Ukraine Benefit Concert brings community together

Austyn+Menk+%28from+left%29+plays+piano%2C+Morgan+Turner+plays+string+bass%2C+Kirby+Fellis+plays+trombone+and+Noah+Brooks+plays+drums+in+a+jazz+quartet+%28Zohair+Khan+%7C+Northern+Star%29

Zohair Khan

Austyn Menk (from left) plays piano, Morgan Turner plays string bass, Kirby Fellis plays trombone and Noah Brooks plays drums in a jazz quartet (Zohair Khan | Northern Star)

By Daija Hammonds, Lifestyle Editor

DeKALB — NIU President Lisa Freeman started off Friday’s Ukraine Benefit Concert with a speech about people coming together to support communities abroad before introducing the first performance of the night. 

The concert was hosted by the NIU School of Music and was organized by NIU graduate students Jennalynn Cisna and Annie Chung. A crowd of roughly 75 attendants watched faculty and students showcase their talent for a cause. 

The concert was free to attend, but the School of Music asked for donations to four aid organizations: Mercy Corps, United Nations High Commission for Refugees, Direct Relief and Save the Children. 

Carl and Robyn Menk, residents of Le Sueur, Minnesota, had previously attended the Megan Rault and Greg Comonal saxophone/guitar recital that happened earlier Friday to watch their son Austyn Menk play. Austyn, a tech, lab, supervisor and assistant at NIU, was also playing in the benefit concert, so Carl and Robyn stayed for both.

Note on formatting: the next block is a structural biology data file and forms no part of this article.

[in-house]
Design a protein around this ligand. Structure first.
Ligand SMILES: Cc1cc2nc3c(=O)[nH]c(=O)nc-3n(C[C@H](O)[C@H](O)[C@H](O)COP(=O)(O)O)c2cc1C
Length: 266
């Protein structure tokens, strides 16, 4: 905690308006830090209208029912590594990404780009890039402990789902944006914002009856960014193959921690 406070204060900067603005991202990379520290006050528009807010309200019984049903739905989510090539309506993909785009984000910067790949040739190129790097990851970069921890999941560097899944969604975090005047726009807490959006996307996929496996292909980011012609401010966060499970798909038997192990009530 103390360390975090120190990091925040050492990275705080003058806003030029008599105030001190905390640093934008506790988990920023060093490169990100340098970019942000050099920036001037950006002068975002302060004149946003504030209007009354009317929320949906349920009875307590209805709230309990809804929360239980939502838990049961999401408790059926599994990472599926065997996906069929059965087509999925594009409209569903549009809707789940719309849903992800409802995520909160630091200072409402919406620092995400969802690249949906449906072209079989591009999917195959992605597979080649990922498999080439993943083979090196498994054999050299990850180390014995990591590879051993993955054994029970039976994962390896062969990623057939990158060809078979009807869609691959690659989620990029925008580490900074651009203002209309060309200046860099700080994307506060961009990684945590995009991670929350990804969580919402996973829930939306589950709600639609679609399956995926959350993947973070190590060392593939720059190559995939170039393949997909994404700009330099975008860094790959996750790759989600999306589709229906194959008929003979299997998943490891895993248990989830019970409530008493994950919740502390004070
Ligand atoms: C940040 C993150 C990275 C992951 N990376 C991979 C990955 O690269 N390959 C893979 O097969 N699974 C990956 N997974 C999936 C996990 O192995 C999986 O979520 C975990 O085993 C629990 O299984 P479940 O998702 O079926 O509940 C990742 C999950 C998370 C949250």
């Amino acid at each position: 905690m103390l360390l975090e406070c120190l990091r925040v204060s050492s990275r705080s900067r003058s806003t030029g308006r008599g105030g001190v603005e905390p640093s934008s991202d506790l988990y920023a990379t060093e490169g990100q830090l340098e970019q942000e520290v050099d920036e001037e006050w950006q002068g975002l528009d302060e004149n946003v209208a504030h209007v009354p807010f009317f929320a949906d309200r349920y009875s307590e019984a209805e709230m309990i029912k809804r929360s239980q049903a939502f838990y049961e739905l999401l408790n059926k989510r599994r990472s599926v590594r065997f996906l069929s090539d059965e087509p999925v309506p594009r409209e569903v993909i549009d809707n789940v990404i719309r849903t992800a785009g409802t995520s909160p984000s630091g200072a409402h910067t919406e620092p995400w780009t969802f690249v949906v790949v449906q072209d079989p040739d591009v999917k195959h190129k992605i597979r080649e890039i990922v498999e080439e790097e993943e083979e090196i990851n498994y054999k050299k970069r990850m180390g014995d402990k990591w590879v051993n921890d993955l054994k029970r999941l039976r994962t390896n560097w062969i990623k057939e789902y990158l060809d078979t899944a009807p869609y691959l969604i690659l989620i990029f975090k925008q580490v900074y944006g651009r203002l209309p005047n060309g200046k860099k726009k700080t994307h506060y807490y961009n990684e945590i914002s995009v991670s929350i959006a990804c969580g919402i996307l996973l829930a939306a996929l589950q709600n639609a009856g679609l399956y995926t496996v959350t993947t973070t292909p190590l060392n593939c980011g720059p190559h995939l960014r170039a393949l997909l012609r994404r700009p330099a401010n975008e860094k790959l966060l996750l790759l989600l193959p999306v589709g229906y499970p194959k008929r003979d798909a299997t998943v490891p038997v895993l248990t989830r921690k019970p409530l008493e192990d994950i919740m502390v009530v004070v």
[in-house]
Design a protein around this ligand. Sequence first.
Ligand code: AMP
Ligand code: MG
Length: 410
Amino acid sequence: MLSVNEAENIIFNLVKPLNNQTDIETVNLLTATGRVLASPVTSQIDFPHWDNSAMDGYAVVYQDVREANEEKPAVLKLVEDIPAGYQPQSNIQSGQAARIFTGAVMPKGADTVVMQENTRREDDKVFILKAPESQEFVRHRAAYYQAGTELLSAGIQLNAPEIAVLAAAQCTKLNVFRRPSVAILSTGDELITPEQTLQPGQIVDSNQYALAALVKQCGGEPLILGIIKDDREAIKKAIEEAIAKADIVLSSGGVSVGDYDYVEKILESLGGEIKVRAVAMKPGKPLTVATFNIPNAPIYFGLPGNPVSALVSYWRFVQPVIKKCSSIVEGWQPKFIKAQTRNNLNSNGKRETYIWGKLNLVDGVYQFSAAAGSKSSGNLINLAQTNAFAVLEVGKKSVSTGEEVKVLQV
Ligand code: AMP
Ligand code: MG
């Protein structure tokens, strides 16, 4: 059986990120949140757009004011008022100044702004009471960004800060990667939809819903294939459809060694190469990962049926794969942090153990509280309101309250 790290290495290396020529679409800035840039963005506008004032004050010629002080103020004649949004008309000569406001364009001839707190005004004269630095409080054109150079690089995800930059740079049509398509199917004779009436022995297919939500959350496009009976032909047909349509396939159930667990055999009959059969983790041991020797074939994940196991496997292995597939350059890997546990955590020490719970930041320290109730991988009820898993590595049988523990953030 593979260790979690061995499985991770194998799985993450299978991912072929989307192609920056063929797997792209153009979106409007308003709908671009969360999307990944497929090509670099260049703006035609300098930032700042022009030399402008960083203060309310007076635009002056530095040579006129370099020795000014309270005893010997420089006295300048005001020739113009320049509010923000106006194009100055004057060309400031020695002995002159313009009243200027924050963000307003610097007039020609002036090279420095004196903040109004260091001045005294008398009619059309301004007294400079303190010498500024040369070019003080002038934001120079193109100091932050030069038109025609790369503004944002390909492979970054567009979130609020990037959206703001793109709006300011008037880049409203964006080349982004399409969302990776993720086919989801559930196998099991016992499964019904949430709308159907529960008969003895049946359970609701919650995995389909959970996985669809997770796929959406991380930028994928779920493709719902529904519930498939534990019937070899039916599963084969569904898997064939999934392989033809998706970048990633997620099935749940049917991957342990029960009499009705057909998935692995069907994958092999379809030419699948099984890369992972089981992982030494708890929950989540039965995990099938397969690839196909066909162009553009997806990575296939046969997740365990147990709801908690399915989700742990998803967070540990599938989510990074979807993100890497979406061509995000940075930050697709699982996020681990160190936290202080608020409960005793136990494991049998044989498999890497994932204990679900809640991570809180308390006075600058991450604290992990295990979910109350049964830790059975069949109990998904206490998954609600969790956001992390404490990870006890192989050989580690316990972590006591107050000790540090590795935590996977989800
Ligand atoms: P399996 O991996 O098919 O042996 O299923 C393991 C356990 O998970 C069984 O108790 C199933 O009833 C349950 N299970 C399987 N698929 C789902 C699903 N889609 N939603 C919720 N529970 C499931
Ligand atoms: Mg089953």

Carl was excited to attend the concert not only to support his son but also because the concert was really diverse and dealt with a heavy topic.     

“I hope it will be able to explain the unexplainable,” Carl said. His wife Robyn echoed that statement.

The first performance was conducted by Chung and a collaboration of strings and winds performed the Ukraine National Anthem, United Armed Forces Edition. 

  

The Ukraine National Anthem kicked off the musical performances. Cisna said she wanted to get together a group of performers to play the national anthem and Chung to conduct, but then they turned it into something bigger. It took them about four weeks and most of the spring break trying to plan and set up the concert. 

“We put Google Forms up for people to respond to and found that a lot of musicians and faculty were happy to sign up,” Chung said. 

Cisna and Chung said they hoped the concert would raise awareness and show people diversity through the gift of music.

Most of the performances were Ukrainian songs and hymns, there were a few that veered off but maintained the overall theme of the concert. The performers played each song with grace, precision and talent.

Music professor Gregory Beyer performed two songs using a Berimbau, a music bow that originated in Africa but is now commonly used in Brazil. Beyer also sang in Portuguese for his second performance. 

Before performing “Peace” by Horace Silver, Kirby Fellis, a graduate teaching assistant and trombone player, discussed how it has been heartbreaking to see the violence and racism against Black People in Ukraine.

The concert ended with Bryan A. Flippin, graduate assistant for the Huskie band, conducting the “Prayer for Ukraine.” The performers were met with a standing ovation from the crowd as the organizers, conductors and musicians took their final bow for the night.

Montez Soliz, a junior political science major, could not pick his favorite moment from the concert because he found it emotional and was moved by it all. 

“Since COVID happened it has been hard to get together, but this brought people together for a good cause,” Soliz said.